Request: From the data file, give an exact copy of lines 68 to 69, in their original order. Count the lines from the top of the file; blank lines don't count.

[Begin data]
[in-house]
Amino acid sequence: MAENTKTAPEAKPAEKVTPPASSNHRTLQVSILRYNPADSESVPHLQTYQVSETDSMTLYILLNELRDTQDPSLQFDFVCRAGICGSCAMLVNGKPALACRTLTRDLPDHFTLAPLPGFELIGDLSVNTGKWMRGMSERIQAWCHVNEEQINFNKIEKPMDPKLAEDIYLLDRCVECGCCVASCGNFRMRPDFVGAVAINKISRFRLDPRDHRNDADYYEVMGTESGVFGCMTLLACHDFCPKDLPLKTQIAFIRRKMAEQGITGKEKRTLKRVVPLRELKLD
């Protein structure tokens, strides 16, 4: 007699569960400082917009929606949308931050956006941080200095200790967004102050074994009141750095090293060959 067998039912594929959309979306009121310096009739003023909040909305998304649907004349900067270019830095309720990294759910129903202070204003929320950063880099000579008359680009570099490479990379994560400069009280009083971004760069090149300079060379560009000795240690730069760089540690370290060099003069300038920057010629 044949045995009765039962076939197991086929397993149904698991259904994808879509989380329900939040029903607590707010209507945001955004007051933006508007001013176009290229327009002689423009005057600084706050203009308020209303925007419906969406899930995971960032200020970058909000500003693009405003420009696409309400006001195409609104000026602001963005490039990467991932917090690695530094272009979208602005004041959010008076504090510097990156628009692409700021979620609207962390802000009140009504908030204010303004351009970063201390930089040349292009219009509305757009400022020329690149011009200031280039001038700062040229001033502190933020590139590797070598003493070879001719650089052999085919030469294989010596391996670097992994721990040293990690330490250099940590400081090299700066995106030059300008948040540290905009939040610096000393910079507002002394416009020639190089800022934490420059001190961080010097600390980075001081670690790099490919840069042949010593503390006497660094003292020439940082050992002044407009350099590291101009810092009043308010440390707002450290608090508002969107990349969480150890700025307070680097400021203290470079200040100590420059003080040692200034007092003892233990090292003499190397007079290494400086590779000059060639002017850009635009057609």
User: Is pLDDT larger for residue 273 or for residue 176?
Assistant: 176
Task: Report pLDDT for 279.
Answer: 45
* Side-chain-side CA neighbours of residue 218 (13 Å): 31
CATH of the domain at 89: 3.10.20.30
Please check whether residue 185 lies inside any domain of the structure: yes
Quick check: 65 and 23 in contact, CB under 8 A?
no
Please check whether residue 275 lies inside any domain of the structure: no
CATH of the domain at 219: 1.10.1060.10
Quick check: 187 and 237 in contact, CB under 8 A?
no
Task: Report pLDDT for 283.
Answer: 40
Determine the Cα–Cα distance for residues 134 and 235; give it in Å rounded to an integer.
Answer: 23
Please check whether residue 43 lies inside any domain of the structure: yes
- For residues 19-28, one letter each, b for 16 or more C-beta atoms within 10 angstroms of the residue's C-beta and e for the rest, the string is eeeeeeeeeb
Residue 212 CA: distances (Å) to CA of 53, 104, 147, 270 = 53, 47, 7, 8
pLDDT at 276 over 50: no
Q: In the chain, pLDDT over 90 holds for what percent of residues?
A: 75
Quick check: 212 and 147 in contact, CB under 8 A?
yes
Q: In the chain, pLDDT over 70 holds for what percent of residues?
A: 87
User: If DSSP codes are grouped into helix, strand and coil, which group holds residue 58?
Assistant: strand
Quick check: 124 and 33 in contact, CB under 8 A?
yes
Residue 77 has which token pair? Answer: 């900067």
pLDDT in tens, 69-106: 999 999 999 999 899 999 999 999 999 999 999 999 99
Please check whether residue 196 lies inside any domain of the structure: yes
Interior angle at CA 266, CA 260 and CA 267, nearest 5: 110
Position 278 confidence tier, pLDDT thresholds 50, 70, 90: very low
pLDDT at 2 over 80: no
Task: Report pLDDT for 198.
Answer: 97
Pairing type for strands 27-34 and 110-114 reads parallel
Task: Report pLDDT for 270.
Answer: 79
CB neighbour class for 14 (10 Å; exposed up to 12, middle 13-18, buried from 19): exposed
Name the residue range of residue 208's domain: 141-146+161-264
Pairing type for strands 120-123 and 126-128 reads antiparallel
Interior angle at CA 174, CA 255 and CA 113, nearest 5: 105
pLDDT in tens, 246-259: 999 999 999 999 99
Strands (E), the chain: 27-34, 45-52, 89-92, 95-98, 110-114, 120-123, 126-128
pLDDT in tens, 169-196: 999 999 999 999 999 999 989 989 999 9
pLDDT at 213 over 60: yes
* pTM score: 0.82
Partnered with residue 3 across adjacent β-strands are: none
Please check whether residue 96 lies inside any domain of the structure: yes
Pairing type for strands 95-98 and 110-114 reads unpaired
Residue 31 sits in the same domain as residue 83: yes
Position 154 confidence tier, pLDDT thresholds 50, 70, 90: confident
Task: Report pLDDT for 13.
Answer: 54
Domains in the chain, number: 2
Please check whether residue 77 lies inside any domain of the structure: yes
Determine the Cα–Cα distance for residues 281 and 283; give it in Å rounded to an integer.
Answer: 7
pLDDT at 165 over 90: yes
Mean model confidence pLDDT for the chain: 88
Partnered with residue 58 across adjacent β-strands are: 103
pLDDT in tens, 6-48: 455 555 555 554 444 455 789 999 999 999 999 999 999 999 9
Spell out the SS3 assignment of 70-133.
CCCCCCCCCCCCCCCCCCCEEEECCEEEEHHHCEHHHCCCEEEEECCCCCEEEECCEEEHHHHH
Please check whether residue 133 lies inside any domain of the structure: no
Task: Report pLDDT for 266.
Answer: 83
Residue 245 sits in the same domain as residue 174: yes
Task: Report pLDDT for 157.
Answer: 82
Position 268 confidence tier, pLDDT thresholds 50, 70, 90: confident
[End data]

Partnered with residue 58 across adjacent β-strands are: 103
pLDDT in tens, 6-48: 455 555 555 554 444 455 789 999 999 999 999 999 999 999 9